Puerto Rico's Doral Bank seeks dismissal of murder-linked lawsuit
SAN JUAN Aug 20 (Reuters) - Puerto Rico's Doral Bank is seeking the dismissal of a racketeering and wrongful death lawsuit that accuses its top executives of conspiring to have a former bank official killed after he uncovered fraud at the financial institution.
Calling the lawsuit's allegations "speculative, implausible, internally inconsistent and legally deficient," Doral attorneys said in a motion for dismissal that "none of the plaintiffs claims rises above the level of sheer speculation, and for that reason alone they should be dismissed.
"The death and apparent assassination of Maurice Spagnoletti was undeniably tragic. But tragedy does not give rise to a cause of action against anyone and everyone, and it certainly does not give rise to one against these defendants."
The motion filed on Monday in federal court in San Juan.
Spagnoletti, 56, was shot multiple times in a gangland-style killing while driving home from work to the fashionable Condado beach front district in rush-hour traffic in June 2011. Authorities in the Caribbean territory have described the shooting as an apparent contract killing, but have made no arrests.
Spagnoletti's family filed the lawsuit in the U.S. commonwealth in June, naming the bank's chief executive officer and four other high-ranking officials as defendants.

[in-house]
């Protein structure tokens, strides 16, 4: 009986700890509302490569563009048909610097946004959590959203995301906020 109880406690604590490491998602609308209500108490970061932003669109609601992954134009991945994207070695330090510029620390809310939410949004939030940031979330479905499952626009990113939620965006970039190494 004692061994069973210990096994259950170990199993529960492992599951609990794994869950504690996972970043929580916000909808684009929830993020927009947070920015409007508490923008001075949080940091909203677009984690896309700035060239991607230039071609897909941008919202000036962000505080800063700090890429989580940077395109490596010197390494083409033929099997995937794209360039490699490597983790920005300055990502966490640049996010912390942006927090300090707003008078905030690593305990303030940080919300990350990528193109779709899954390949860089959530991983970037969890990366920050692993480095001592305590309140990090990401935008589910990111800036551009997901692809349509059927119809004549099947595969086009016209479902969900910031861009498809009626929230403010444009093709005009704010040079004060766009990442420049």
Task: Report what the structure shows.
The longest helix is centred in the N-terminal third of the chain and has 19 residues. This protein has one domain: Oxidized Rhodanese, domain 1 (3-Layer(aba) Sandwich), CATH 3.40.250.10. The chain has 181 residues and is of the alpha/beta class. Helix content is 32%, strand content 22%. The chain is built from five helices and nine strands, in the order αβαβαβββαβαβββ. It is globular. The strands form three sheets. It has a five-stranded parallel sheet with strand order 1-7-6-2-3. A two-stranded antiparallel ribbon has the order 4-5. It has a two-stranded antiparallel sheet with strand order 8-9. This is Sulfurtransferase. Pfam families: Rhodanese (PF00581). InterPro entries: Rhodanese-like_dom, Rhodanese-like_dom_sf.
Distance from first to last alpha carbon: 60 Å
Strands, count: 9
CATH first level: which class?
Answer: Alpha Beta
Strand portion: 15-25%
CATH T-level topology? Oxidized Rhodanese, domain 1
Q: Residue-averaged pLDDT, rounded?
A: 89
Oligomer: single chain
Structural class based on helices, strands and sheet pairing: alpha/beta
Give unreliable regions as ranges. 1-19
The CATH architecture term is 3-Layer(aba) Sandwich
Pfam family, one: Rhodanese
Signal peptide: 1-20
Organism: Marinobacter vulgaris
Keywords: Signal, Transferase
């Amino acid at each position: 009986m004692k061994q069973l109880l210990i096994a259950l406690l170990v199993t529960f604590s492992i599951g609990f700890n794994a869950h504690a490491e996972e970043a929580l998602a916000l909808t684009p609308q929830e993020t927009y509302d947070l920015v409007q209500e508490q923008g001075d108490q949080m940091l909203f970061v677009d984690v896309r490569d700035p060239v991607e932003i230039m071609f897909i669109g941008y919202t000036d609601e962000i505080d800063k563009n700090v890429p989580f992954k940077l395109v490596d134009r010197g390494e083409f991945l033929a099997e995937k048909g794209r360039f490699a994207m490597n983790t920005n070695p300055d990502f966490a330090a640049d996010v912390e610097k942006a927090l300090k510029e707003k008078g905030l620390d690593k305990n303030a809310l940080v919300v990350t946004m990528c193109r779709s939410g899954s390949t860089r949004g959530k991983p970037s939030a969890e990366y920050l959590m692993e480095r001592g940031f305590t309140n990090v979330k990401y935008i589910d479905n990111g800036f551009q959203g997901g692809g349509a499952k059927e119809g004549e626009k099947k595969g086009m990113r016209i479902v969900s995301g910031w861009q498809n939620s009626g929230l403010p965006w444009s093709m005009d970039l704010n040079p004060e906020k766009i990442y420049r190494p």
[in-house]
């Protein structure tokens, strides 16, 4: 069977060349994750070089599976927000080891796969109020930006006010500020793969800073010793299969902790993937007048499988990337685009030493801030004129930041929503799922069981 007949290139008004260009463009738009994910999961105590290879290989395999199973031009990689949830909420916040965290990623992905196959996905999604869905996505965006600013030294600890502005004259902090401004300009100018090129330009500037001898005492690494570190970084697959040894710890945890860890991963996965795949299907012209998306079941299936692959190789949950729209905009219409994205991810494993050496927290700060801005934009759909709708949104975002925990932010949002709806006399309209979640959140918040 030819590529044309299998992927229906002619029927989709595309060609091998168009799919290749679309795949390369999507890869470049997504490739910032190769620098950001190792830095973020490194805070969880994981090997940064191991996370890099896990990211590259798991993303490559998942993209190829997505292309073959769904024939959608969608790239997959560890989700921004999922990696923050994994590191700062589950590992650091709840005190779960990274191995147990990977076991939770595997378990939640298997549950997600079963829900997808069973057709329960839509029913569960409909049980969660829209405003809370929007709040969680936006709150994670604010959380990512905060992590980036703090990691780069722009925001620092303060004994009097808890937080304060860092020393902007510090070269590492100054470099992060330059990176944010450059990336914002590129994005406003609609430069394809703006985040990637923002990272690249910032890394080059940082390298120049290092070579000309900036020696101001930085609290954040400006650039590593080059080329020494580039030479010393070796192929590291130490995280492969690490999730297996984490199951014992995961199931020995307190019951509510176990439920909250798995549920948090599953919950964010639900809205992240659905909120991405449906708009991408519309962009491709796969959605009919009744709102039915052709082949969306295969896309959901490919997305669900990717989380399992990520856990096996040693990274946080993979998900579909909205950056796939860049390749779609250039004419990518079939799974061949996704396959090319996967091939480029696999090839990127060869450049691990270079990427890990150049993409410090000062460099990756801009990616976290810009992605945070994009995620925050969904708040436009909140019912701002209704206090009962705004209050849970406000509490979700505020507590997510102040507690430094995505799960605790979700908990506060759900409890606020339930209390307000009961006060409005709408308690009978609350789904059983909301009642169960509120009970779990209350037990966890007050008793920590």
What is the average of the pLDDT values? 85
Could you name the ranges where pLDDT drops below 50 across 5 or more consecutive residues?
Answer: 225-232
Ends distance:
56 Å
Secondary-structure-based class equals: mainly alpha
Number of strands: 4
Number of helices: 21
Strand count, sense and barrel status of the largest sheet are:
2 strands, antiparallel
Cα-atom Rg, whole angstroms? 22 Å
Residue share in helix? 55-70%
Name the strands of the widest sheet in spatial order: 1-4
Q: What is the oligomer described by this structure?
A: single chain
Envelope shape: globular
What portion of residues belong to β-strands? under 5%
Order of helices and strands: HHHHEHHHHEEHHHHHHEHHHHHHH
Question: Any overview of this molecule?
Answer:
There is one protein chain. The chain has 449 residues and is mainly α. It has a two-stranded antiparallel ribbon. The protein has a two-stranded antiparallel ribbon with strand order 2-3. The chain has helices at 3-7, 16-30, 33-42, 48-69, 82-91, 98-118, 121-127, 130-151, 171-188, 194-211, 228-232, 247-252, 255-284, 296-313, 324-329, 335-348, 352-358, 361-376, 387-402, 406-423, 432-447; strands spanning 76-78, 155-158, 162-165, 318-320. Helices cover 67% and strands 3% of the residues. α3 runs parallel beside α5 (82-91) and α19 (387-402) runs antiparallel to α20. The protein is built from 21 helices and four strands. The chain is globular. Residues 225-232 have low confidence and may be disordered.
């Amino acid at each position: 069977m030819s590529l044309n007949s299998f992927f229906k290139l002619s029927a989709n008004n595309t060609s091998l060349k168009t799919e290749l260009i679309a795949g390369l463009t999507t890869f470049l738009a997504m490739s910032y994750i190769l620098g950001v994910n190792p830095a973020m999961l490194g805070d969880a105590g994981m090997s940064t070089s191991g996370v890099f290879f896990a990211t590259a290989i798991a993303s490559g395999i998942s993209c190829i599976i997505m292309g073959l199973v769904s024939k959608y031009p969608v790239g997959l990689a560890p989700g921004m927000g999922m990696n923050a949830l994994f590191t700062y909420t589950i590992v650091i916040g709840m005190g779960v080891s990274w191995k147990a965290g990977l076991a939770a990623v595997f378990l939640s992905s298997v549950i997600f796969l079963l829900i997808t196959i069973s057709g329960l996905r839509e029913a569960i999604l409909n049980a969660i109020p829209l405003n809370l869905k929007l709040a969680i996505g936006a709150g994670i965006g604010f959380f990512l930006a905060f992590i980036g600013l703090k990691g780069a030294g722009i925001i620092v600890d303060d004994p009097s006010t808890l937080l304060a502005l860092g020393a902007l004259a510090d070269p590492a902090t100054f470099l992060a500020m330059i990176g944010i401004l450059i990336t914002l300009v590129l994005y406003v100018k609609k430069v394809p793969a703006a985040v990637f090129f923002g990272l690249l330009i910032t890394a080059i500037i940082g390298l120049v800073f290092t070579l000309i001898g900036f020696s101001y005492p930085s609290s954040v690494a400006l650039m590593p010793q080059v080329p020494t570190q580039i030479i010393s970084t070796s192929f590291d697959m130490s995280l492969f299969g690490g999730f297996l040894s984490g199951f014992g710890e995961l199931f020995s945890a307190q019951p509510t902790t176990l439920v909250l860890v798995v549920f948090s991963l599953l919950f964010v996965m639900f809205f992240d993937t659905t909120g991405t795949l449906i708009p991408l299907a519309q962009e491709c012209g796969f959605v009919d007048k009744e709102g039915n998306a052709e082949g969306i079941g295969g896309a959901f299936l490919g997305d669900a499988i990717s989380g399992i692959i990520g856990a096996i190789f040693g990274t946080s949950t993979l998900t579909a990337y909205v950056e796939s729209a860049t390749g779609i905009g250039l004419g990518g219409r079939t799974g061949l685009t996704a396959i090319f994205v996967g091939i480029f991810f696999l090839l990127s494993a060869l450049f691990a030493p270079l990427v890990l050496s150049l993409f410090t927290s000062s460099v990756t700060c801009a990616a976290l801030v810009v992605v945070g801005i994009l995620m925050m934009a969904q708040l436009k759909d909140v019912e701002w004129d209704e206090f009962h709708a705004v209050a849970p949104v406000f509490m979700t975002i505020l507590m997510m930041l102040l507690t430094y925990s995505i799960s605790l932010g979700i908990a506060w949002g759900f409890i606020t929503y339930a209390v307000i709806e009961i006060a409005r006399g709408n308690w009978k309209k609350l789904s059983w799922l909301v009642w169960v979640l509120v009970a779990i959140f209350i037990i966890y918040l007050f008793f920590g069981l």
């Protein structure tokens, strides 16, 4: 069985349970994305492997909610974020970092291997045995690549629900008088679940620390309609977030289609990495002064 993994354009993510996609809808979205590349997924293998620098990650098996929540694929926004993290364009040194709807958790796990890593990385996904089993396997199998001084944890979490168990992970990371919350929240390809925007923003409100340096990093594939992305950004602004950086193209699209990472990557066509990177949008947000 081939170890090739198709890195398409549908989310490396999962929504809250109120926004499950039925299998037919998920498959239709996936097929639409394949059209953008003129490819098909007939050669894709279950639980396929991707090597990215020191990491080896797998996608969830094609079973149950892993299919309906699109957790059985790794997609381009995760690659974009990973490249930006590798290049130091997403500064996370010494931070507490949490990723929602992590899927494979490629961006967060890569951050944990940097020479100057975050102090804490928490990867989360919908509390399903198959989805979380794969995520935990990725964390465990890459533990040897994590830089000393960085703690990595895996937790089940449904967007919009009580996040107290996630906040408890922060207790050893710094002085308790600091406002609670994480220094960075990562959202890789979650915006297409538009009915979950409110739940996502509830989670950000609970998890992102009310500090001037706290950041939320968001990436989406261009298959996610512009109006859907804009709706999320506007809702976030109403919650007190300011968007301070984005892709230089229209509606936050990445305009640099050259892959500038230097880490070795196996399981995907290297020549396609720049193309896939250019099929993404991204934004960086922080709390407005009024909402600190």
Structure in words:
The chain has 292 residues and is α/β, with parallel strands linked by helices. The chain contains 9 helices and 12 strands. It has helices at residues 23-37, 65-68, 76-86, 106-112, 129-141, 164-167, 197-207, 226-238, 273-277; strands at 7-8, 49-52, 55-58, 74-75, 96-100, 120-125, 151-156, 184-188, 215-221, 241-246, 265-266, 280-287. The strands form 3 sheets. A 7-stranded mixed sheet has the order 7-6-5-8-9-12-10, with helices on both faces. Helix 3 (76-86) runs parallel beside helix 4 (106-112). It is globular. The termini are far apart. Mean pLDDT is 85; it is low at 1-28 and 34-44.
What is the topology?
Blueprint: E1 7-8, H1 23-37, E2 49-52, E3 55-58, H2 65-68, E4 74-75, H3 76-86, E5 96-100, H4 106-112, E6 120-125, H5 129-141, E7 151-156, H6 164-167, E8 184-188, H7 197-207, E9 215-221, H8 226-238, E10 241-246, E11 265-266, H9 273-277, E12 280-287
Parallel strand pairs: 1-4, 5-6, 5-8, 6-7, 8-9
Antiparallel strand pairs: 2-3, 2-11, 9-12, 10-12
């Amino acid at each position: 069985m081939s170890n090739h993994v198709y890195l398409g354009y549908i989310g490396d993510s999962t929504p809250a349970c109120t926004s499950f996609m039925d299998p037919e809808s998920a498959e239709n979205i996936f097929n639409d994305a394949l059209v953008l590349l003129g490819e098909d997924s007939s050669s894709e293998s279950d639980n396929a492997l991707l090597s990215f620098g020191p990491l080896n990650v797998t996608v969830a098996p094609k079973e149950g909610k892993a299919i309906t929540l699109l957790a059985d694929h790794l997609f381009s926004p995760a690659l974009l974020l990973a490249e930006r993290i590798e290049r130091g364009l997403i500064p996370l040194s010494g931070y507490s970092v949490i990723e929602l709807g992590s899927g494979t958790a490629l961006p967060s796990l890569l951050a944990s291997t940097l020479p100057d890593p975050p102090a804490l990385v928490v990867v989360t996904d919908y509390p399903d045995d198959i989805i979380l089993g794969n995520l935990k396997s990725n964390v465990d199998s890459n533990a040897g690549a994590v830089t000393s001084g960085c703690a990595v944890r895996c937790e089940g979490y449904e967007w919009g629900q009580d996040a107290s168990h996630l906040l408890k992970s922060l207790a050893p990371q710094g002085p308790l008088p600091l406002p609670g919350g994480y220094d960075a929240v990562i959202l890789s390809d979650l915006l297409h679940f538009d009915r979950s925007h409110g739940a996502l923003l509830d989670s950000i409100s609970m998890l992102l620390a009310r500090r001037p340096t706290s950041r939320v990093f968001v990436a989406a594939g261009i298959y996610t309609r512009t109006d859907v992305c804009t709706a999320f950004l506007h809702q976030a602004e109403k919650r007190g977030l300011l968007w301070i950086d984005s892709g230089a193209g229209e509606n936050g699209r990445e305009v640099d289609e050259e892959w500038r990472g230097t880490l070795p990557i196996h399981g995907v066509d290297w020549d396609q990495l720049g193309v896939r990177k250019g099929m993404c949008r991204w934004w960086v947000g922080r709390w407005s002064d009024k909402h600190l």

Spagnoletti was chief operating officer at Doral Bank when he uncovered alleged fraudulent accounting and improper payments by the bank, according to the complaint filed by his widow and daughter.
Named in the suit were the bank and its parent Doral Financial Corp, Chief Executive Officer Glenn Wakeman and legal counsel Enrique Ubarri-Baragano, among others.
At the time the suit was filed, U.S. Attorney Rosa Emilia Rodriguez said the FBI was continuing to investigate the Spagnoletti shooting, including the suit's allegations.
"We have had some leads, but not enough to bring charges. That's why we have been placing more emphasis on this case. It is very important to us," she said. "All angles are being investigated ... Nothing is being discarded."
Spagnoletti received warnings and threats after he sought to have a senior bank employee dismissed for allegedly making hundreds of thousands of dollars in improper payments, the lawsuit said.
Bank attorneys argue that the suit's central allegations are "utterly lacking in the factual support" needed to make them plausible.
Doral Bank has 26 branches in Puerto Rico, Florida and New York and nearly $6 billion in assets. It is Puerto Rico's sixth largest bank and second largest mortgage lender.
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